Article

Microglia and Central Nervous System Immunity

Department of Neurological Surgery, University of California at San Francisco, 505 Parnassus Avenue, One Shrader Street, Suite 650, San Francisco, CA 94117, USA.
Neurosurgery clinics of North America (Impact Factor: 1.54). 01/2010; 21(1):43-51. DOI: 10.1016/j.nec.2009.08.009
Source: PubMed

ABSTRACT The central nervous system (CNS) has evolved as an immune-privileged site to protect its vital functions from damaging immune-mediated inflammation. There must be a CNS-adapted system of surveillance that continuously evaluates local changes in the nervous system and communicates to the peripheral immune system during an injury or a disease. Recent advances leading to a better understanding of the CNS disease processes has placed microglia, the CNS-based resident macrophages, at center stage in this system of active surveillance. Evidence points to microglia cells contributing to the immunosuppressive environment of gliomas and actually promoting tumor growth. Microglia accumulation exists in almost every CNS disease process, including CNS tumors. This article discusses the role of microglia in CNS immunity and highlights key advances made in glioma immunology.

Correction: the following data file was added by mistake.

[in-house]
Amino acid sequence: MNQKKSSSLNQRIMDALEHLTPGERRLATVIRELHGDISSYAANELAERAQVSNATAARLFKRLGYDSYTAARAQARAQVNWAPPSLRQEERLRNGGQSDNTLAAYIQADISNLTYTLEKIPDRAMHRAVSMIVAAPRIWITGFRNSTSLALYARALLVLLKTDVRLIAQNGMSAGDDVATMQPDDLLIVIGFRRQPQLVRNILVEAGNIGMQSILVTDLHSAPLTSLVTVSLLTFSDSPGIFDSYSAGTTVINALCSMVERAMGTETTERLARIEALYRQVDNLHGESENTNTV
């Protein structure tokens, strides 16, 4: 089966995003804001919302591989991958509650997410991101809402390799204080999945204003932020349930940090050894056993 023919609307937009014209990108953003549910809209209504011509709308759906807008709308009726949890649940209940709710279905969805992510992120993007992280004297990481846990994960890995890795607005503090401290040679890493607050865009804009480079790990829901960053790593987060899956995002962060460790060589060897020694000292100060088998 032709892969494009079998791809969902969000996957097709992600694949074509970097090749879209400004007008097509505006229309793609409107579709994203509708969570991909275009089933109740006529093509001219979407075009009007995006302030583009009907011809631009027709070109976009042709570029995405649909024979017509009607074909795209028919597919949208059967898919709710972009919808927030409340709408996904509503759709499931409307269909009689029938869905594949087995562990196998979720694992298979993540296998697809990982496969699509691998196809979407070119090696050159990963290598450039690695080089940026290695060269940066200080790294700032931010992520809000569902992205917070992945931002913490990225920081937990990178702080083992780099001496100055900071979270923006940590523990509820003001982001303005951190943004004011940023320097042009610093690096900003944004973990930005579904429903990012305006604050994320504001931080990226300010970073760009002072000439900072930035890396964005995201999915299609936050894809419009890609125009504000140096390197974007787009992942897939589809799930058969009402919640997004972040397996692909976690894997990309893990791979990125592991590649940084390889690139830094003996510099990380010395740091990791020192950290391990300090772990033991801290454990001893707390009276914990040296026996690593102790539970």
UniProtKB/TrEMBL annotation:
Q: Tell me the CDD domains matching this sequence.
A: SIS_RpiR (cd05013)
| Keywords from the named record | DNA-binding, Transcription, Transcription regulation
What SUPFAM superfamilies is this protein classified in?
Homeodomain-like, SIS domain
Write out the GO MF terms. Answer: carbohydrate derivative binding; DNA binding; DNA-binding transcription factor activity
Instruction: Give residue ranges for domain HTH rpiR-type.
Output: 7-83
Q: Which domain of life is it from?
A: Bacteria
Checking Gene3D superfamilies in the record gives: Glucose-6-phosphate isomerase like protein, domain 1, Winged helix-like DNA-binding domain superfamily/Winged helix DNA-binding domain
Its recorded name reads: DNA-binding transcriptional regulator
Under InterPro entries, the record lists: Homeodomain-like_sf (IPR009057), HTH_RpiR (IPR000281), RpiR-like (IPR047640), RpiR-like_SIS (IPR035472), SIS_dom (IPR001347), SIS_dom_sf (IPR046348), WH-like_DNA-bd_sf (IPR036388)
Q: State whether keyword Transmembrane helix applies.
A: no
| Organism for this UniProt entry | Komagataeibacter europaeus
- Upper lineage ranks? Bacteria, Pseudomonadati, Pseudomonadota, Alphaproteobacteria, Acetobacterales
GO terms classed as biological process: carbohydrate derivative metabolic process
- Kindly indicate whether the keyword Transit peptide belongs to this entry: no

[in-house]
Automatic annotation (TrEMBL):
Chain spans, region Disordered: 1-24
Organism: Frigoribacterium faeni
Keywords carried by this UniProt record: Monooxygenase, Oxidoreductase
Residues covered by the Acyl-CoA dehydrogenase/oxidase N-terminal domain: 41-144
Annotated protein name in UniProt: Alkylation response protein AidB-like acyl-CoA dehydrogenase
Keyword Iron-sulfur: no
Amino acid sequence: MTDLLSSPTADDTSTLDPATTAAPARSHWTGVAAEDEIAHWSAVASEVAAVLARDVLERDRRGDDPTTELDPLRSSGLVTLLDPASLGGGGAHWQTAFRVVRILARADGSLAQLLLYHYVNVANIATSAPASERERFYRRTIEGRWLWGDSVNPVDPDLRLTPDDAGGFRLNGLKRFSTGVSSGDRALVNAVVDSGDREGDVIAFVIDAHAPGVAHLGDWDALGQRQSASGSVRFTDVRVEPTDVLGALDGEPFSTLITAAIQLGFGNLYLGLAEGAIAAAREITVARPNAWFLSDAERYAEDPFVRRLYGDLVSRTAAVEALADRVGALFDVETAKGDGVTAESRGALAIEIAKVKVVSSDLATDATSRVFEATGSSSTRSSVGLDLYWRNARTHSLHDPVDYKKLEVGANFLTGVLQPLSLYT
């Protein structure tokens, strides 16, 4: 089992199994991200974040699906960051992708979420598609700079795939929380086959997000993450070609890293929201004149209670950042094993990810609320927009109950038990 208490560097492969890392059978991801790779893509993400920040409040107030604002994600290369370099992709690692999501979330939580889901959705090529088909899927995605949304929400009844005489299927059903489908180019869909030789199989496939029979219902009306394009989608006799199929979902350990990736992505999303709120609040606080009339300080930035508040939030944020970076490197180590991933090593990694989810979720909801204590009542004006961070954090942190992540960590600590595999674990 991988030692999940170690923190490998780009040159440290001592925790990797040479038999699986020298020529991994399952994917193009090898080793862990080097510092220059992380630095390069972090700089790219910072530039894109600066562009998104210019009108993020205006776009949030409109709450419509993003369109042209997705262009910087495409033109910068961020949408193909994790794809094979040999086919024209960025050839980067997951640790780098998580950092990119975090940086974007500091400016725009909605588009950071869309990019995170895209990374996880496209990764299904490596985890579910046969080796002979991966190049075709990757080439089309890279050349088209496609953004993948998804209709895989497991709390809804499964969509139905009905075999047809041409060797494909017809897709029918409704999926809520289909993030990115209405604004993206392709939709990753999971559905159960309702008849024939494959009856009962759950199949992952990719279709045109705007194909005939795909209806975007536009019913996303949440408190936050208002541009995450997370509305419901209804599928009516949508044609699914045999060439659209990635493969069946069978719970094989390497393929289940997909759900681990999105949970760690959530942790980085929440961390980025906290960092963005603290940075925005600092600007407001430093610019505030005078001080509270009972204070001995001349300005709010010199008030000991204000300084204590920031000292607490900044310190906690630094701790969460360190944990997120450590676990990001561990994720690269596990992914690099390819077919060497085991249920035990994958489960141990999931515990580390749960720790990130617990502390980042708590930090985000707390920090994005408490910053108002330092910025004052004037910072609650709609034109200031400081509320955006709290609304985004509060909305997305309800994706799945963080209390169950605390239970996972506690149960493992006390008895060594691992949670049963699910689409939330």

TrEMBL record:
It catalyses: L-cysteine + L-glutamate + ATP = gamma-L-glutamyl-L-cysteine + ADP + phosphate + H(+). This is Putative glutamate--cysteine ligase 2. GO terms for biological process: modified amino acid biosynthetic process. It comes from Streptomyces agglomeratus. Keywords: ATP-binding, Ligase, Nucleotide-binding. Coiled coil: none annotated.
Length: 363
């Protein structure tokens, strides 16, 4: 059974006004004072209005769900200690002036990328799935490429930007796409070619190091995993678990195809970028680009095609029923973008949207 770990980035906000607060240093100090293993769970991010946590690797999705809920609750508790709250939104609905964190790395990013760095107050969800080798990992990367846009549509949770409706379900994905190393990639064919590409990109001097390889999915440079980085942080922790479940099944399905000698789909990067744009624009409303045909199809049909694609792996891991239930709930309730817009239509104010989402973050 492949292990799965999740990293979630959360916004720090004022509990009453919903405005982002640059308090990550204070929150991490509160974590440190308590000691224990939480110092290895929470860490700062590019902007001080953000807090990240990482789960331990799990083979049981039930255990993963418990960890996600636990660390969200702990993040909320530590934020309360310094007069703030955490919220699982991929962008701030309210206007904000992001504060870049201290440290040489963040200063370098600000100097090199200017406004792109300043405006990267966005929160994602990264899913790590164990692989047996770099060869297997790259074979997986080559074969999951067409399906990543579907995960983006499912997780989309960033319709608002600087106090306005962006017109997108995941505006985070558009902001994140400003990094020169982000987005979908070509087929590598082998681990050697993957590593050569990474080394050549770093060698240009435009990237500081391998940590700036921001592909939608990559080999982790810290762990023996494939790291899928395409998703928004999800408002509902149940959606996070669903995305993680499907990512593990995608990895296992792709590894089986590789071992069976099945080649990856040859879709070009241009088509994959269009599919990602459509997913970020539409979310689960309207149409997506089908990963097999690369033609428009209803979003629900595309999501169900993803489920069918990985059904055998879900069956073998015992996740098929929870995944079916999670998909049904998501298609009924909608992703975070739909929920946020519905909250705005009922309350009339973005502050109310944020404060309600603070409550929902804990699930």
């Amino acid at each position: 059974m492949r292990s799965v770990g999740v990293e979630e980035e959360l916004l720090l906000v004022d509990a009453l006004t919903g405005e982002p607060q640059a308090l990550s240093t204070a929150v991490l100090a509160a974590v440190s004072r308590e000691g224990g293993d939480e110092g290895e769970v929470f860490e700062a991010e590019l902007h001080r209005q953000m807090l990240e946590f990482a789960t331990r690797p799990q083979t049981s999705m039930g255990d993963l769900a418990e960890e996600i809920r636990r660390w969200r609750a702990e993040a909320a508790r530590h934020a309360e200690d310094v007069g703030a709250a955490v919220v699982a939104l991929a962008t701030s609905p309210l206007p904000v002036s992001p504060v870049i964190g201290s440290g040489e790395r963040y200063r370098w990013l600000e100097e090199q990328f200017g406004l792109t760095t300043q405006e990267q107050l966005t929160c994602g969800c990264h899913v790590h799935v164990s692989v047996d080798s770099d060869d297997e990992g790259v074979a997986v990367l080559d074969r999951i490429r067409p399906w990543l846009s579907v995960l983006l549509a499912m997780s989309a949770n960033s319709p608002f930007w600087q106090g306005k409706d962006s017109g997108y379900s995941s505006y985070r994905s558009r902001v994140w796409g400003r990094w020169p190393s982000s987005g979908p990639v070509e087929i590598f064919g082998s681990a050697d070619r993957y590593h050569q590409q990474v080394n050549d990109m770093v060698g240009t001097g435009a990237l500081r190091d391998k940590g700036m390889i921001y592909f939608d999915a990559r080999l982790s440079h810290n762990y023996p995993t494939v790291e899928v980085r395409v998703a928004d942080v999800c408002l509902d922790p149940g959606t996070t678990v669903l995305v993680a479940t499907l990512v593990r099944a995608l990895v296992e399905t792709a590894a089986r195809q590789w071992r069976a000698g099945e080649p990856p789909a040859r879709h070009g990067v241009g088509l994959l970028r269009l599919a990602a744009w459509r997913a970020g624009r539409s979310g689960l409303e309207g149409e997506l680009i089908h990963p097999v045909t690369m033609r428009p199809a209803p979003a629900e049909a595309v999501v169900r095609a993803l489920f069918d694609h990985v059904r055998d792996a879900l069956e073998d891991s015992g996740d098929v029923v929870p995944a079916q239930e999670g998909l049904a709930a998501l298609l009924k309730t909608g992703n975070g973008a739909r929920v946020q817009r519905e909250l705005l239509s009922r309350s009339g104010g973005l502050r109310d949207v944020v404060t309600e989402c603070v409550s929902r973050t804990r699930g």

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    • "Microglia and astrocytes account for the majority of the brain cell population , and there is no indication of any gender difference with respect to the spatial distribution of these cell types in the male and female brain (Stark et al., 2007). While microglia represent the primary immune cell of the central nervous system, astrocytes are also considered to be immunocompetent, as they possess the ability to synthesize immune molecules in response to insult/ injury (Farina et al., 2007; Gimsa et al., 2013; Jensen et al., 2013; Kaur et al., 2010; Pivneva, 2008; Wirenfeldt et al., 2011). In the context of immunity, mast cells and dendritic cells are also of particular importance. "
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